Today, I am honoured to have Henry Hopwood-Phillips, aka The Byzantine Ambassador, as my first guest in this brand new series. Every now and then I will invite a special guest to write about their five favourite streets (or places) in their own city and or somewhere around the world that they have managed to travel to. It is my hope that my guests will lead you on a tour of streets that may be historic, nostalgic or just simply great places that are important to them. Without further ado I will let Henry take you on his tour of his ‘best streets in the world’.
After a series of nights partying on the boats that line the Sava in 2010, it was time to put on the airs and graces of a Bohemian for Skadarlija, the assembly point of Serbia’s down-and-out and on-the-make intelligentsia in the 19th century. Connecting the Republic square with one of the city’s largest markets, it’s hardly a thoroughfare and more a destination in itself. Lined with trees, vines, fountains, cobbled paths, galleries, kafanas, all-night bakeries and artisans, it’s certainly a nocturnal creature. And that’s because the night’s when the old visions of the Balkans really come alive; a time when jostling violins, impassioned singing and hysterical accordions besiege almost every restaurant, sending almost everybody into delirium after enough rakija’s gone down the hatch.
Hugh Street, Isles of Scilly
Travel journalism is often spoiled by a lazy vocabulary in which sterile dives are unhesitatingly described as ‘unspoilt’, ‘pristine’ or ‘virginal’. The Isles of Scilly (which I’ve been visiting at least twice a year since birth) is one of the few locations where superlatives aren’t quite enough, however. Really a slice of ye olde England, mercifully cut off from the mainland’s post-war nonsense by roughly 28 miles of Atlantic rollers, the key island in the archipelago is St Mary’s, it’s main town is Hugh town (owned by the Crown until 1949), and its main street is Hugh street. Lined with pubs where everybody’s smashing back pints of Scuppered or Tribute; overlooked by Star Castle (built to help beat the Spanish Armada), and running parallel to both the main harbour and beach, few sites match its old world charm.
Richmond Upon Thames, River Walk
I’m cheating a little here. Less a street than a path. While watching the cricket, drinking your ale or simply people-watching on Richmond’s Green, turn off Old Palace Lane, grab yourself a pint at the White Swan (one of the few pubs in the area not to have been renovated in an horrendous manner) and wander down to the Thames. The stretch of path between you and Richmond Park, taking in the hustle and bustle of the riverside White Cross pub, the neoclassical glories of the east-bank, the stooping willows of the west, the 18th century Portland stone bridge, sweaty rowers, besotted lovers and talkative tramps, before it merges with the (cow-packed) pastures of Petersham Meadows, is one of the most perfect combinations of arcadia and civilisation I’ve yet to encounter.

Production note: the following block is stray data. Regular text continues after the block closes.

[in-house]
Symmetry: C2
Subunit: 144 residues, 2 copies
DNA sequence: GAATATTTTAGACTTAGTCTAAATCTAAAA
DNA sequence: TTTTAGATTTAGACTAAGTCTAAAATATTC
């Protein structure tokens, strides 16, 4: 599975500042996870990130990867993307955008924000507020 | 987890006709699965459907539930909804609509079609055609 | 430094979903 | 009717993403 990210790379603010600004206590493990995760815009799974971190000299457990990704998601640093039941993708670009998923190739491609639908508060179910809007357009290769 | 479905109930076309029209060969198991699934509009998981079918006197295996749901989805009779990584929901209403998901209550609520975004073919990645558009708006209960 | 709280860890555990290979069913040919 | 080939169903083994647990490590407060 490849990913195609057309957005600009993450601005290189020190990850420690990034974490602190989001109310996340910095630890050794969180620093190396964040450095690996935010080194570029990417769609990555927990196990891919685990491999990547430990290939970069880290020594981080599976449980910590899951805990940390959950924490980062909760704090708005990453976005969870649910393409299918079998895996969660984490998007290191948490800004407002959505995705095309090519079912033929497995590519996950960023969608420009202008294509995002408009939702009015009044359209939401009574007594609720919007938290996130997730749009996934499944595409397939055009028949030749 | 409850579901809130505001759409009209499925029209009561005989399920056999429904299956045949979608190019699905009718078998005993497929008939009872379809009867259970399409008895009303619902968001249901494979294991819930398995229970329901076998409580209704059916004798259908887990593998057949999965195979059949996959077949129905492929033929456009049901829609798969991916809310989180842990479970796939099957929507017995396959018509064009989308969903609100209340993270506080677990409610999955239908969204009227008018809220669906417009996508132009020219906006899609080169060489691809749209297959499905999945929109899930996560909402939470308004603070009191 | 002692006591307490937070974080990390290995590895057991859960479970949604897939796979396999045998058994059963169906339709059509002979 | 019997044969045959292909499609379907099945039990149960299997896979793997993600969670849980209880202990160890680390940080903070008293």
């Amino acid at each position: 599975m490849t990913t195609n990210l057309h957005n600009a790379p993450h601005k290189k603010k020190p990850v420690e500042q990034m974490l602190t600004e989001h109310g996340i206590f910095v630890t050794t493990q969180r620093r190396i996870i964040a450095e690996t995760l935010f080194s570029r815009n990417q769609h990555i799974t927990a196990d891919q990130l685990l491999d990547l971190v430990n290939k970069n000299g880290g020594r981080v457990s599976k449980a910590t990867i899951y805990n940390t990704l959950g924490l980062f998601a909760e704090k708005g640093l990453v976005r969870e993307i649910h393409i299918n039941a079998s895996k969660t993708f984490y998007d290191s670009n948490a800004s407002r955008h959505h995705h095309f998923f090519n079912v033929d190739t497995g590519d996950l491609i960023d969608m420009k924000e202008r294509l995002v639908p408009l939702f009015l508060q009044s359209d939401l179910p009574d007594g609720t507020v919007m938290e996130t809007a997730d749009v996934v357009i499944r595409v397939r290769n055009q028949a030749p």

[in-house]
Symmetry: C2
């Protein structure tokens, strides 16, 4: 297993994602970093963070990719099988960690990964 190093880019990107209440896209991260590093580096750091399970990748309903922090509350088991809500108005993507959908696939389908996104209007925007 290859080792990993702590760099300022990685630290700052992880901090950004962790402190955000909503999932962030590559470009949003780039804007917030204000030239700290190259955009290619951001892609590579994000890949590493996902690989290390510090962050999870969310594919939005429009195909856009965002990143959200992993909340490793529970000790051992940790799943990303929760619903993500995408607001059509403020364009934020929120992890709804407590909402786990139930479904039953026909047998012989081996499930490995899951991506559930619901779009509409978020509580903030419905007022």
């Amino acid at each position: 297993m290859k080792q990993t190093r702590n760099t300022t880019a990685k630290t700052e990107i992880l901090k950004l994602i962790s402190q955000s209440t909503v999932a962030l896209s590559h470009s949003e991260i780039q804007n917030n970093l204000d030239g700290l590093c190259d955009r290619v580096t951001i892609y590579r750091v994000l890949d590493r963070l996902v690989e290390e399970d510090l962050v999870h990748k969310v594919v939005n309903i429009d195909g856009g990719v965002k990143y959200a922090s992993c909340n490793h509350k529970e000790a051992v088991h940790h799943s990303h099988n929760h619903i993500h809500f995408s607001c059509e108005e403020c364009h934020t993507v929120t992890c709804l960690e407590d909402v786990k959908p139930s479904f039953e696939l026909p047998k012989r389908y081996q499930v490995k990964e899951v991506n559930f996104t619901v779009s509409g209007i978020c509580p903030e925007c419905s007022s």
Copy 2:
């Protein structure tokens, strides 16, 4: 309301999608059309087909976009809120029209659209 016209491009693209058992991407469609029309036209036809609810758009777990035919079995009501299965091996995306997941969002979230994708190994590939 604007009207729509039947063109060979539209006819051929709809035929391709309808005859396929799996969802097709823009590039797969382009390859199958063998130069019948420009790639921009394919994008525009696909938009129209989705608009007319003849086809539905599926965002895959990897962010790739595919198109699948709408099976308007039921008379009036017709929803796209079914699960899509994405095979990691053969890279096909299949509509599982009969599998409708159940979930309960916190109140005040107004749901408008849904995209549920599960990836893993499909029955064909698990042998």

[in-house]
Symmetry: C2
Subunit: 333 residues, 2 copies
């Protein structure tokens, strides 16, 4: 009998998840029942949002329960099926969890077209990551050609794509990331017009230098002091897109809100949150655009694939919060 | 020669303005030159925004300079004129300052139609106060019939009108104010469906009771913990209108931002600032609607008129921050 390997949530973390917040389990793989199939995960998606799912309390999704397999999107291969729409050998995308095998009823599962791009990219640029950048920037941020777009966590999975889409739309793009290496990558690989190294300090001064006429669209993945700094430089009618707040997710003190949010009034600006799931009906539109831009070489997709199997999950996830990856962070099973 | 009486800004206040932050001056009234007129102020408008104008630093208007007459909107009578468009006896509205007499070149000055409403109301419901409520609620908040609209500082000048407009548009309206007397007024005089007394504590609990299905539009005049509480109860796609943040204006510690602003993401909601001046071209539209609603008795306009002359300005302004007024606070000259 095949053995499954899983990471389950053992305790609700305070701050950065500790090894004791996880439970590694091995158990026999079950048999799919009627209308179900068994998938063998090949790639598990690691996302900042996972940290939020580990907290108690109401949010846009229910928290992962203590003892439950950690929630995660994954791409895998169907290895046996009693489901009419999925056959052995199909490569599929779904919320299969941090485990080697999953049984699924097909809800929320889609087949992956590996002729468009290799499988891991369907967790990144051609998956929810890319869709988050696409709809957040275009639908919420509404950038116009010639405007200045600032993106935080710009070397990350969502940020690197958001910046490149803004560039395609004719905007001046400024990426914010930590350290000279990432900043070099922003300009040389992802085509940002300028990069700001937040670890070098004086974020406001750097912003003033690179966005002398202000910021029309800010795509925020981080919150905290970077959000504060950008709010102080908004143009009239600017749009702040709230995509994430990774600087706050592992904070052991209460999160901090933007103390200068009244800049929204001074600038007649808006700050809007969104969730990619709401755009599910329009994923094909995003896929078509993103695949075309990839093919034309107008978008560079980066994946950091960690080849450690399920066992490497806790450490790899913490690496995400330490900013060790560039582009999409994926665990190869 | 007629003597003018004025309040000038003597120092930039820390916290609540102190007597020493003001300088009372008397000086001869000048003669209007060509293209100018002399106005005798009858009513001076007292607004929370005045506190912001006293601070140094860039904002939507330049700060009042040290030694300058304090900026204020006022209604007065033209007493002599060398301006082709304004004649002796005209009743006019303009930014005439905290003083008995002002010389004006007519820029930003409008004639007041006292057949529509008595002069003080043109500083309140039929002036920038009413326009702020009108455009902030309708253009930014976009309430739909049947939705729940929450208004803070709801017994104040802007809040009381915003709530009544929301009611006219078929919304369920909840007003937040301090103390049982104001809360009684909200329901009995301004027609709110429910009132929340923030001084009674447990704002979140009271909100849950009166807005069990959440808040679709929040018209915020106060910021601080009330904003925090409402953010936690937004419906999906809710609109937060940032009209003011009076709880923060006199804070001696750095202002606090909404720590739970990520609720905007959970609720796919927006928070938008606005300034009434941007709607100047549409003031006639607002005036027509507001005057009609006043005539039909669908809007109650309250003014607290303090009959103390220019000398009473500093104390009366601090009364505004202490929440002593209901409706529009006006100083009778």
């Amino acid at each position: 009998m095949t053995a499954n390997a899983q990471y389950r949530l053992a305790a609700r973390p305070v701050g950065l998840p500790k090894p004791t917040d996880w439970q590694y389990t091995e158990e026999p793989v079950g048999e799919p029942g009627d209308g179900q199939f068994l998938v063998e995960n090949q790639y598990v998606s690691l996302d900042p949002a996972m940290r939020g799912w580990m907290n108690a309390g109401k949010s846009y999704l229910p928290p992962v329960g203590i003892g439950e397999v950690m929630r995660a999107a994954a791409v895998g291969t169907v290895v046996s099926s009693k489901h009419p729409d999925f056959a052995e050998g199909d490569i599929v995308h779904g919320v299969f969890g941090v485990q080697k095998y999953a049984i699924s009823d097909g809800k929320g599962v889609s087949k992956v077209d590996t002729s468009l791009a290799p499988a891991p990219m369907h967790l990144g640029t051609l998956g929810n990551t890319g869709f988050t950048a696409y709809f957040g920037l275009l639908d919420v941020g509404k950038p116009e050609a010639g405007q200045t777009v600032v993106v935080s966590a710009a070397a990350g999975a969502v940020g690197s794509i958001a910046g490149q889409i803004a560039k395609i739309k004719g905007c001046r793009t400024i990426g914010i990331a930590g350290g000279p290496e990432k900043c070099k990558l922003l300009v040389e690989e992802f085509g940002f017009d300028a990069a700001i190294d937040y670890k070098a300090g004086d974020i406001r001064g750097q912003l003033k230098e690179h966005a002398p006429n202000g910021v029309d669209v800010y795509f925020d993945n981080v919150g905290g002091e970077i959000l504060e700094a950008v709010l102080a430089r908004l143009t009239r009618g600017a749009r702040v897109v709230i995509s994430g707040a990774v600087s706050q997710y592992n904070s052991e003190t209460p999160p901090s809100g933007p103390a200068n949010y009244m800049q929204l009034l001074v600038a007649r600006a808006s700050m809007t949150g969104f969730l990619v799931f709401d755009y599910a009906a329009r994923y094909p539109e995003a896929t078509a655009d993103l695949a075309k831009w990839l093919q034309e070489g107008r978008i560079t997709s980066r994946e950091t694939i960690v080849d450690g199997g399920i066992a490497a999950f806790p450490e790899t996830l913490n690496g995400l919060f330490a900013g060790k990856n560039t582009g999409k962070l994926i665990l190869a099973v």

Greek Patriarchate Street, Jerusalem
I say the Greek Patriarchate Street, but I really mean any of the streets between Jaffa Gate and the Church of the Holy Sepulchre. We’ve all heard historians from Braudel to Abulafia talk about how the Mediterranean has more currency as a unit than we give it credit for but, on a more poetic level, few places remind me of the bleached blue skies, sun-scorched stone or the cool, dark, shaded streets and churches of Greece more than Jerusalem. Despite the heaving crowds of Russian pilgrims, the annoying street urchins and the catcalls of shopkeepers, the place screams spiritual purity and is emblazoned on my mind forever for that reason.
Yahya Kemal, Constantinople
In all honesty, Constantinople is less a city of stand-out streets than a metropolis of monuments, bazaars and sites. Of course there are few things I like to do more than get lost in the maze of mosques, hamams, fruit stalls and simit-sellers that constitute modern Istanbul, but few places stand alone. To not choose a street in Constantinople would simply not be an option for the Byzantine Ambassador, however, so Yahya Kemal will do. Skirting the European coast of the cerulean Bosporus below the famous Rumeli Hisar (once known as Boğazkesen or ‘throat-cutter’ for its role in securing the straits in the lead up to 1453), in a city lacking green spaces, the street boasts greenery, alongside characterful cafes and bars.
After falling out with finance, the military and the Anglican Church, Henry decided to give up on accruing money or respect, choosing to write instead. Since then he’s been scribbling about the luxury world, history and travel, while trying to practice an affordable form of globetrotting.
You can discover the latest news from the Byzantine Ambassador (Henry) via his tweeter account @byzantinepower. You can also visit or contact Henry via the Byzantine Ambassador website. Importantly, Henry is also an aficionado of Byzantine history. He publishes an online magazine called Byzantine Times. The tweeter link is @byzantinetimes.
Photo Credits: The images of Skadarska Street in Belgrade, Hugh Town on the Isle of Scilly, the Holy Sepulchre in Jerusalem and the fortress Rumeli Hisari are all used under the Creative Commons Attribution-ShareAlike 2.0 license. The image of the White Cross Pub, Thames Riverside, Richmond, London is by flickr user Jim Linwood and is licensed and used under the Creative Commons Attribution 2.0 license.